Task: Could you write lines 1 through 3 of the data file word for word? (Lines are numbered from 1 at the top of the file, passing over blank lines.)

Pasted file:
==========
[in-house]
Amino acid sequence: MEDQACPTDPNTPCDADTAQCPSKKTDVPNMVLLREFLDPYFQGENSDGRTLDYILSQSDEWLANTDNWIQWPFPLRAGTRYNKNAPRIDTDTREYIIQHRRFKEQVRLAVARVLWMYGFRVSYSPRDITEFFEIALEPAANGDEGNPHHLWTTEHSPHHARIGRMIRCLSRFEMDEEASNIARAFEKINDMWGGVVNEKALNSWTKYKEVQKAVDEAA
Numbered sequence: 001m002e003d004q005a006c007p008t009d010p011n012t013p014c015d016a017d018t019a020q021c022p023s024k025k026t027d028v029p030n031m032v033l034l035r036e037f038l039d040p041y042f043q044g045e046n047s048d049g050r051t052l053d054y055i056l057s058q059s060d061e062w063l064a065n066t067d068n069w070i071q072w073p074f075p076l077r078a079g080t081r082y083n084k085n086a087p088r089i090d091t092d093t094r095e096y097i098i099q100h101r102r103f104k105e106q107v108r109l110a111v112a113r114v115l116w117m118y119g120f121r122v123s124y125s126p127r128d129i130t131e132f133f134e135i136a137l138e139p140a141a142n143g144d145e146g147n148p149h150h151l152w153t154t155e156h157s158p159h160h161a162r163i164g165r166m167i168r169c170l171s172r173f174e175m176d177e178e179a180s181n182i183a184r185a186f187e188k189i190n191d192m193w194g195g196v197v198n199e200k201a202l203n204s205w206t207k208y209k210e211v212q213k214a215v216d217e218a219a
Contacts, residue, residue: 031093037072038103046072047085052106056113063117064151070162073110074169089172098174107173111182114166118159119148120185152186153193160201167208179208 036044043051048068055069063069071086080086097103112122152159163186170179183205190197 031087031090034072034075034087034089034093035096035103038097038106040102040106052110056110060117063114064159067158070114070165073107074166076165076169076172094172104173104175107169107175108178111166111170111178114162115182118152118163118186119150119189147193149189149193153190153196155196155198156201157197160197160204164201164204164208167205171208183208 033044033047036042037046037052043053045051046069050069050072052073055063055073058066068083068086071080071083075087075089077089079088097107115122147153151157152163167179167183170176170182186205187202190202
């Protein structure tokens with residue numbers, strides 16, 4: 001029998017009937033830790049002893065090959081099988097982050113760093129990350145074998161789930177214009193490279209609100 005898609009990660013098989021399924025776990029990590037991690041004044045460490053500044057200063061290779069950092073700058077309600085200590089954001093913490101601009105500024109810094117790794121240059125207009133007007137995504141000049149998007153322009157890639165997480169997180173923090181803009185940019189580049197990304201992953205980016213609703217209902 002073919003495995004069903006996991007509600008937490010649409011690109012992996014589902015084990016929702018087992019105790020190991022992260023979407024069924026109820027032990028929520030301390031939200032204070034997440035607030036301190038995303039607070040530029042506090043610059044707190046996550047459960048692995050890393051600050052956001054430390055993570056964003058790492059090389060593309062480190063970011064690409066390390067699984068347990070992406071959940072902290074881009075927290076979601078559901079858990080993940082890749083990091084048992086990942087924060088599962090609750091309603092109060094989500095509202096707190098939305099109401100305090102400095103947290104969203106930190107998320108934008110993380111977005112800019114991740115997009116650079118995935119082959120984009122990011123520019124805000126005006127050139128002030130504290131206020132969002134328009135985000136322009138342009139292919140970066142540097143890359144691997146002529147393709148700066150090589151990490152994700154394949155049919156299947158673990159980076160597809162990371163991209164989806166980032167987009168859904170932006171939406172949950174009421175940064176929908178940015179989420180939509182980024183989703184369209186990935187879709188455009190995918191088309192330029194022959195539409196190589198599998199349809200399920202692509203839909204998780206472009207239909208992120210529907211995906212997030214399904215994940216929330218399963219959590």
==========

[in-house]
Amino acid sequence: MEDQACPTDPNTPCDADTAQCPSKKTDVPNMVLLREFLDPYFQGENSDGRTLDYILSQSDEWLANTDNWIQWPFPLRAGTRYNKNAPRIDTDTREYIIQHRRFKEQVRLAVARVLWMYGFRVSYSPRDITEFFEIALEPAANGDEGNPHHLWTTEHSPHHARIGRMIRCLSRFEMDEEASNIARAFEKINDMWGGVVNEKALNSWTKYKEVQKAVDEAA
Numbered sequence: 001m002e003d004q005a006c007p008t009d010p011n012t013p014c015d016a017d018t019a020q021c022p023s024k025k026t027d028v029p030n031m032v033l034l035r036e037f038l039d040p041y042f043q044g045e046n047s048d049g050r051t052l053d054y055i056l057s058q059s060d061e062w063l064a065n066t067d068n069w070i071q072w073p074f075p076l077r078a079g080t081r082y083n084k085n086a087p088r089i090d091t092d093t094r095e096y097i098i099q100h101r102r103f104k105e106q107v108r109l110a111v112a113r114v115l116w117m118y119g120f121r122v123s124y125s126p127r128d129i130t131e132f133f134e135i136a137l138e139p140a141a142n143g144d145e146g147n148p149h150h151l152w153t154t155e156h157s158p159h160h161a162r163i164g165r166m167i168r169c170l171s172r173f174e175m176d177e178e179a180s181n182i183a184r185a186f187e188k189i190n191d192m193w194g195g196v197v198n199e200k201a202l203n204s205w206t207k208y209k210e211v212q213k214a215v216d217e218a219a